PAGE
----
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BETA
Sehlin, Janove
Alternative names
Publications (10 of 16) Show all publications
Stenberg, Å., Karlsson, A., Feuk-Lagerstedt, E., Christenson, K., Bylund, J., Oldenborg, A., . . . Oldenborg, P.-A. (2014). Signal regulatory protein alpha is present in several neutrophil granule populations and is rapidly mobilized to the cell surface to negatively fine-tune neutrophil accumulation in inflammation. Journal of Innate Immunity, 6(4), 553-560
Open this publication in new window or tab >>Signal regulatory protein alpha is present in several neutrophil granule populations and is rapidly mobilized to the cell surface to negatively fine-tune neutrophil accumulation in inflammation
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2014 (English)In: Journal of Innate Immunity, ISSN 1662-811X, E-ISSN 1662-8128, Vol. 6, no 4, p. 553-560Article in journal (Refereed) Published
Abstract [en]

Signal regulatory protein alpha (SIRPα) is a cell surface glycoprotein with inhibitory functions, which may regulate neutrophil transmigration. SIRPα is mobilized to the neutrophil surface from specific granules, gelatinase granules, and secretory vesicles following inflammatory activation in vitro and in vivo. The lack of SIRPα signaling and the ability to upregulate SIRPα to the cell surface promote neutrophil accumulation during inflammation in vivo.

Keywords
Neutrophils, Inflammation, Signal regulatory protein alpha, Chemotactic factor, Skin window, Exudate
National Category
Other Basic Medicine
Identifiers
urn:nbn:se:umu:diva-86668 (URN)10.1159/000357820 (DOI)000337655900013 ()24516072 (PubMedID)
Available from: 2014-03-04 Created: 2014-03-04 Last updated: 2018-06-08Bibliographically approved
Stenberg, Å., Sehlin, J. & Oldenborg, P.-A. (2013). Neutrophil apoptosis is associated with loss of signal regulatory protein alpha (SIRP alpha) from the cell surface. Journal of Leukocyte Biology, 93(3), 403-412
Open this publication in new window or tab >>Neutrophil apoptosis is associated with loss of signal regulatory protein alpha (SIRP alpha) from the cell surface
2013 (English)In: Journal of Leukocyte Biology, ISSN 0741-5400, E-ISSN 1938-3673, Vol. 93, no 3, p. 403-412Article in journal (Refereed) Published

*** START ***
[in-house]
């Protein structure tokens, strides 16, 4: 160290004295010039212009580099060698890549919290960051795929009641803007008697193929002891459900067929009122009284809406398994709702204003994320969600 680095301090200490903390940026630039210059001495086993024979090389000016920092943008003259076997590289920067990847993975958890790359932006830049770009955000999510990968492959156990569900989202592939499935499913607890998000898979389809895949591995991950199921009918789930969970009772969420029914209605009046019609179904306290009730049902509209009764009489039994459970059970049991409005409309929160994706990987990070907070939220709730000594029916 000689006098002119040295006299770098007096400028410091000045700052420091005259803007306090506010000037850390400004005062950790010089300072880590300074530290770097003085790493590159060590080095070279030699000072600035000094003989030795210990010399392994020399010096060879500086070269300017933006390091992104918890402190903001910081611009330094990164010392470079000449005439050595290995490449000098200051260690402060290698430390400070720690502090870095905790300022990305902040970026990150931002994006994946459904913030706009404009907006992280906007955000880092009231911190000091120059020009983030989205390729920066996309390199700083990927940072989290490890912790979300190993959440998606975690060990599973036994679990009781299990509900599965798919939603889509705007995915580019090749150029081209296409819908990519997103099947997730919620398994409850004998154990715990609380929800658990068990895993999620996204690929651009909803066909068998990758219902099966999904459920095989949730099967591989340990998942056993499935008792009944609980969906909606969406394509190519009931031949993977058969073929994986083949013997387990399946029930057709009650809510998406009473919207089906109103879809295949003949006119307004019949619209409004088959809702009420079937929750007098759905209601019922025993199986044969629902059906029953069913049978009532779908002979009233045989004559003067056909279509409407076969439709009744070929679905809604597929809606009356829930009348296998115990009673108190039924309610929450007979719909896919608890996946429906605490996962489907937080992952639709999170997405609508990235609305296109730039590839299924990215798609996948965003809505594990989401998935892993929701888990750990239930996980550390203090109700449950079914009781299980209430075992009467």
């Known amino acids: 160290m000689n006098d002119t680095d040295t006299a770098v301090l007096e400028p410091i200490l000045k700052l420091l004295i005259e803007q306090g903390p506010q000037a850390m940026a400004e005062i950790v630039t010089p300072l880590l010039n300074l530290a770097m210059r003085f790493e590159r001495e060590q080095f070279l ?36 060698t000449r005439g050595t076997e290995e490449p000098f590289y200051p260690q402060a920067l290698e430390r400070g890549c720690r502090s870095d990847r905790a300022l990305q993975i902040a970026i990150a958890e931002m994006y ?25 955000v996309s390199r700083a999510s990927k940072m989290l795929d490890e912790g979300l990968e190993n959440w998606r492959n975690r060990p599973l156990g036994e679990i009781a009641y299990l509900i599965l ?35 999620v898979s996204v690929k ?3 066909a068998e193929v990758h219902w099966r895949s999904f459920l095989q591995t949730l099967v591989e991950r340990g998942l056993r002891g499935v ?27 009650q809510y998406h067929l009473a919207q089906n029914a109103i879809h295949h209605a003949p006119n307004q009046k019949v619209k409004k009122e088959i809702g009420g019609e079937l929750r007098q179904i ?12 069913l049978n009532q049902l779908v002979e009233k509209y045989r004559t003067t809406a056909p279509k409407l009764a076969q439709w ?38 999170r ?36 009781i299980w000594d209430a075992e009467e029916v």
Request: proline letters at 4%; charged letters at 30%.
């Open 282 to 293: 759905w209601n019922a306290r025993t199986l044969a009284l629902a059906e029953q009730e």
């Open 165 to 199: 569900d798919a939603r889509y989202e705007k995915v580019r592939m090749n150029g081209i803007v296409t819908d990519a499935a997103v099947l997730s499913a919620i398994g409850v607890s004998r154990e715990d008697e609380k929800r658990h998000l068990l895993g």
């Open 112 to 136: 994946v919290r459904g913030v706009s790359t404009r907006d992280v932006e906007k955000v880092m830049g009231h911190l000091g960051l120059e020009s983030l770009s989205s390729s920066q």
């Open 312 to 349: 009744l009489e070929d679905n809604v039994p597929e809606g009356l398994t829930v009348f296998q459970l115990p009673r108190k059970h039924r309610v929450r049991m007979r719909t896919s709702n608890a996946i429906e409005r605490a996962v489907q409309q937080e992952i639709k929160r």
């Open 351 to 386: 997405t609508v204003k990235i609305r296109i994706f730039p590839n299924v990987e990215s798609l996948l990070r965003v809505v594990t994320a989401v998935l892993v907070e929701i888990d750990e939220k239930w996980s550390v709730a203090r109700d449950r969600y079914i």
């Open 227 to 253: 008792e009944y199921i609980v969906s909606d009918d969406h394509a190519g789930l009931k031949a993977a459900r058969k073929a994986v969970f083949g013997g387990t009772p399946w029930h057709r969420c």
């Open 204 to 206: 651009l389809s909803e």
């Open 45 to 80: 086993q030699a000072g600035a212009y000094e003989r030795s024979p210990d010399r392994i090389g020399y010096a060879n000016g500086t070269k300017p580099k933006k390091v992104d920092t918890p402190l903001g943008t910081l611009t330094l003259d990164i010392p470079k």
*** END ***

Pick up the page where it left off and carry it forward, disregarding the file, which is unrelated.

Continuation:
Abstract [en]

Cells of the innate immune system, including monocytes, macrophages, and neutrophils, play a major role in the development of inflammatory diseases. During inflammation, large numbers of neutrophils are recruited from the blood and subsequently undergo apoptosis, which involves changes in the cell surface expression of a number of receptors. Neutrophils express the Ig superfamily member, SIRP alpha, which is a receptor involved in regulating cell adhesion and migration. As apoptotic neutrophils down-regulate their capacity for adhesion and migration, we here investigated whether neutrophil expression of SIRP alpha was affected during apoptosis. We found that apoptotic neutrophils lost SIRP alpha from their cell surface with kinetics similar to the loss of CD16. The majority of neutrophils with reduced SIRP alpha also expressed PS on their surface, and the loss of the receptor was reduced proportional to the reduction of apoptosis by caspase inhibitors during Fas-induced apoptosis but less so during spontaneous apoptosis. Neutrophil loss of SIRP alpha or CD16 was inhibited by the protease inhibitor TAPI-2, as well as specific inhibitors of MMP3 or -8, suggesting that proteolytic mechanisms were involved. Finally, SIRP alpha was also found on smaller membrane vesicles released from the cells during apoptosis. Our data suggest that neutrophils reduce their SIRP alpha expression during apoptosis, which may be part of the functional down-regulation seen in apoptotic neutrophils. J. Leukoc. Biol. 93: 403-412; 2013.